Could genetically-modified pests control themselves? New research aims to prove that yes, they can.
The study, led by Anthony Shelton, a professor at Cornell University’s Department of Entomology, describes the creation and successful release of gene-edited diamondback moths into an open field setting in collaboration with British biotechnology company Oxitech.
Engineered for failure
“The diamondback moth is a global pest that costs $4-5 billion annually and has developed resistance to most insecticides, making it very difficult to manage,” says Dr Neil Morrison of Oxitec, the study’s corresponding author.
Diamondback moths (Plutella xylostella) is one of the main pests for crops in the brassica family which includes cauliflower, cabbage, broccoli, and canola. Certain populations of diamondback moths have shown very stubborn resistance to synthetic insecticides in many settings around the world (including Canada, Australia, the UK, the US, and China); under the right circumstances, their larvae can afflict entire crops, causing farmers to re-plow entire fields of (now-unmarketable) produce.
In order to address the threat, the team describes how they genetically-engineered the species to make it fail. They implanted two genes — a “self-limiting gene and a marker gene” according to Morrison — into the insect’s genome. These genes are meant to be handed down between generations creating “self-limiting moths [that] are non-toxic and non-allergenic.”
The idea behind this approach is for genetically-engineered male moths to make their way into the wide world and sow their wild oats with wild females. They’ll pass on the self-limiting genes, which prevent the female caterpillars from developing normally (so they die off).
But that’s just the theory — the team needed to test this approach in practice. Thus, they became the first group in the world to trial open-field releases of genetically-engineered moths, employing a “mark-release-recapture” method which has been long-used to study insect movements. Their findings suggest that their work is both effective and sustainable as a pest regulation strategy in the long term.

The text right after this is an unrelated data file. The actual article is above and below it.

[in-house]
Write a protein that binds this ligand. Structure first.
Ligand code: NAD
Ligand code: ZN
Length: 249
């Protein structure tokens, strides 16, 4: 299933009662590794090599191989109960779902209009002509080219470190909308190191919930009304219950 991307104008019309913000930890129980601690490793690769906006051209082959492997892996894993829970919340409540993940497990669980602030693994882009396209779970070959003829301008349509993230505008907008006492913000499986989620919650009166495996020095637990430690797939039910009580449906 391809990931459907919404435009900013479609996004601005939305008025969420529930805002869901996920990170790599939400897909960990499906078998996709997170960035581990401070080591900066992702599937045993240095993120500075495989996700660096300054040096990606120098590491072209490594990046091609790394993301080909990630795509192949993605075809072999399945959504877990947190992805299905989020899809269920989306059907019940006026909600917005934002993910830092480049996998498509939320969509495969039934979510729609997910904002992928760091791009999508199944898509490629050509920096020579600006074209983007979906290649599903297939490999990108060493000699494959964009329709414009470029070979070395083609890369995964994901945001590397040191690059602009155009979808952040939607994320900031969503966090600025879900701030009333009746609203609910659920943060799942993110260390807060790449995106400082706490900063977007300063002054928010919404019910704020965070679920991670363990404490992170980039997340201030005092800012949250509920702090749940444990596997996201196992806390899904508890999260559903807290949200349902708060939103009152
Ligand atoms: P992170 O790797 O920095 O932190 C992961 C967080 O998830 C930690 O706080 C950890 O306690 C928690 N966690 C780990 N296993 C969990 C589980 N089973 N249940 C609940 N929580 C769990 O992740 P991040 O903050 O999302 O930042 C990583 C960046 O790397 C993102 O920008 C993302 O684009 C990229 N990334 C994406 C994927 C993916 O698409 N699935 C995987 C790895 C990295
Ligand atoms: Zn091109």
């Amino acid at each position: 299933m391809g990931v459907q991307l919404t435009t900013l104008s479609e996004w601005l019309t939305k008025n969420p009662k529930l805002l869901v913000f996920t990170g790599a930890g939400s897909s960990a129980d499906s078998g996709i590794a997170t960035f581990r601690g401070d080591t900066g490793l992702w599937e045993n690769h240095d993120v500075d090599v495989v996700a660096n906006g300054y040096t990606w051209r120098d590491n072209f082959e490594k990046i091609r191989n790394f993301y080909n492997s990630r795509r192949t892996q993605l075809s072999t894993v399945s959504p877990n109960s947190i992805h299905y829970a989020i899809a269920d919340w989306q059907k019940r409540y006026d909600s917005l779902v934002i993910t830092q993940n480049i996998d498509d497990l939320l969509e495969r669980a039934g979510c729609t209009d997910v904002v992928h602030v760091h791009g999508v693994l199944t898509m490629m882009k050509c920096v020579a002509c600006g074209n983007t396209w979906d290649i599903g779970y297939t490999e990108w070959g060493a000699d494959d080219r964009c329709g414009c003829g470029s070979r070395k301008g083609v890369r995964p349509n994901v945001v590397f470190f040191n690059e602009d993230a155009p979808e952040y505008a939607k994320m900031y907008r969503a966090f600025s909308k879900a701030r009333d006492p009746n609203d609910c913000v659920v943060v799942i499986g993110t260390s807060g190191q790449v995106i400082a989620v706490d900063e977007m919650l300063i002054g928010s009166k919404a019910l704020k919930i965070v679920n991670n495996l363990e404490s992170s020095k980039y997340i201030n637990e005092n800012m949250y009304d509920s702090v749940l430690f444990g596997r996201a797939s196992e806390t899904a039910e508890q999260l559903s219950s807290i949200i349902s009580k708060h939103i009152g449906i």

“Our research builds on the sterile insect technique for managing insects that was developed back in the 1950s and celebrated by Rachel Carson in her book, Silent Spring,” says Shelton. “Using genetic engineering is simply a more efficient method to get to the same end.”
“Professor Shelton’s team in Cornell conducted releases of self-limiting male moths alongside non-modified male moths, from the centre of the trial field planted with cabbage,” Morrison adds. “Traps throughout the field were set to recapture a proportion of released moths and, because they were marked with coloured powders, we were able to track their dispersal and lifespan in the field.”
After release, the gene-edited males behaved similarly to their unmodified counterparts in terms of distance traveled and survival. In a lab setting, the team adds, they were just as competent as unmodified males in competing for females. A mathematical model employed by the team further suggests that modified males would be sufficient to control the species’ population without the need for additional insecticides, making it sustainable and eco-friendly. Oxitec is currently evaluating where their technique can be used for the most benefit, in order to organize follow-up studies.
The use of self-limiting insects isn’t novel here — the approach is already in use on Aedes aegypti mosquitoes in Brazil, Panama and the Caribbean in a bid to control the spread of malaria.
The paper “First Field Release of a Genetically Engineered, Self-Limiting Agricultural Pest Insect: Evaluating Its Potential for Future Crop Protection” has been published in the journal Frontiers in Bioengineering and Biotechnology.